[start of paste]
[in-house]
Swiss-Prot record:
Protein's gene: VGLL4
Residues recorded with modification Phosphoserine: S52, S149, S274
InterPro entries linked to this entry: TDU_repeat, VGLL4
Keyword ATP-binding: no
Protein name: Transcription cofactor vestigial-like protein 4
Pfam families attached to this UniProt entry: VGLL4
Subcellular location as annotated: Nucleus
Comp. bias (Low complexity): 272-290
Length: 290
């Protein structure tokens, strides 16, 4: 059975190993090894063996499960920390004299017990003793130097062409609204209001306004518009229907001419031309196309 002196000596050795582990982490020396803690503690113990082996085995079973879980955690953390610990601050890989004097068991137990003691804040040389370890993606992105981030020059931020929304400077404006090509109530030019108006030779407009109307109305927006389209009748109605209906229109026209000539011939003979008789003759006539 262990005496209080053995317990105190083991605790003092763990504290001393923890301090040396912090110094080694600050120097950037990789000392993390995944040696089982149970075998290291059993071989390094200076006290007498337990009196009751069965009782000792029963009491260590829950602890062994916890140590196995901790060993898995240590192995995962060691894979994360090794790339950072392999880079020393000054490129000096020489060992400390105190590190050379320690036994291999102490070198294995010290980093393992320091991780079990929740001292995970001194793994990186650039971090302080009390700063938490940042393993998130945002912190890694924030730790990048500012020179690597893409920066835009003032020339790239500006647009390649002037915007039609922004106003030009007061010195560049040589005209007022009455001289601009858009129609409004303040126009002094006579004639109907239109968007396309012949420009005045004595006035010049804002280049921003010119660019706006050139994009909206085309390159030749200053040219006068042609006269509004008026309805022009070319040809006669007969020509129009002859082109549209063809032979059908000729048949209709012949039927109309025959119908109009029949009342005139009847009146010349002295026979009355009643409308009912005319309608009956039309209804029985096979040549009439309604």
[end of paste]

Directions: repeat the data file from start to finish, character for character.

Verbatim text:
[in-house]
Swiss-Prot record:
Protein's gene: VGLL4
Residues recorded with modification Phosphoserine: S52, S149, S274
InterPro entries linked to this entry: TDU_repeat, VGLL4
Keyword ATP-binding: no
Protein name: Transcription cofactor vestigial-like protein 4
Pfam families attached to this UniProt entry: VGLL4
Subcellular location as annotated: Nucleus
Comp. bias (Low complexity): 272-290
Length: 290
């Protein structure tokens, strides 16, 4: 059975190993090894063996499960920390004299017990003793130097062409609204209001306004518009229907001419031309196309 002196000596050795582990982490020396803690503690113990082996085995079973879980955690953390610990601050890989004097068991137990003691804040040389370890993606992105981030020059931020929304400077404006090509109530030019108006030779407009109307109305927006389209009748109605209906229109026209000539011939003979008789003759006539 262990005496209080053995317990105190083991605790003092763990504290001393923890301090040396912090110094080694600050120097950037990789000392993390995944040696089982149970075998290291059993071989390094200076006290007498337990009196009751069965009782000792029963009491260590829950602890062994916890140590196995901790060993898995240590192995995962060691894979994360090794790339950072392999880079020393000054490129000096020489060992400390105190590190050379320690036994291999102490070198294995010290980093393992320091991780079990929740001292995970001194793994990186650039971090302080009390700063938490940042393993998130945002912190890694924030730790990048500012020179690597893409920066835009003032020339790239500006647009390649002037915007039609922004106003030009007061010195560049040589005209007022009455001289601009858009129609409004303040126009002094006579004639109907239109968007396309012949420009005045004595006035010049804002280049921003010119660019706006050139994009909206085309390159030749200053040219006068042609006269509004008026309805022009070319040809006669007969020509129009002859082109549209063809032979059908000729048949209709012949039927109309025959119908109009029949009342005139009847009146010349002295026979009355009643409308009912005319309608009956039309209804029985096979040549009439309604």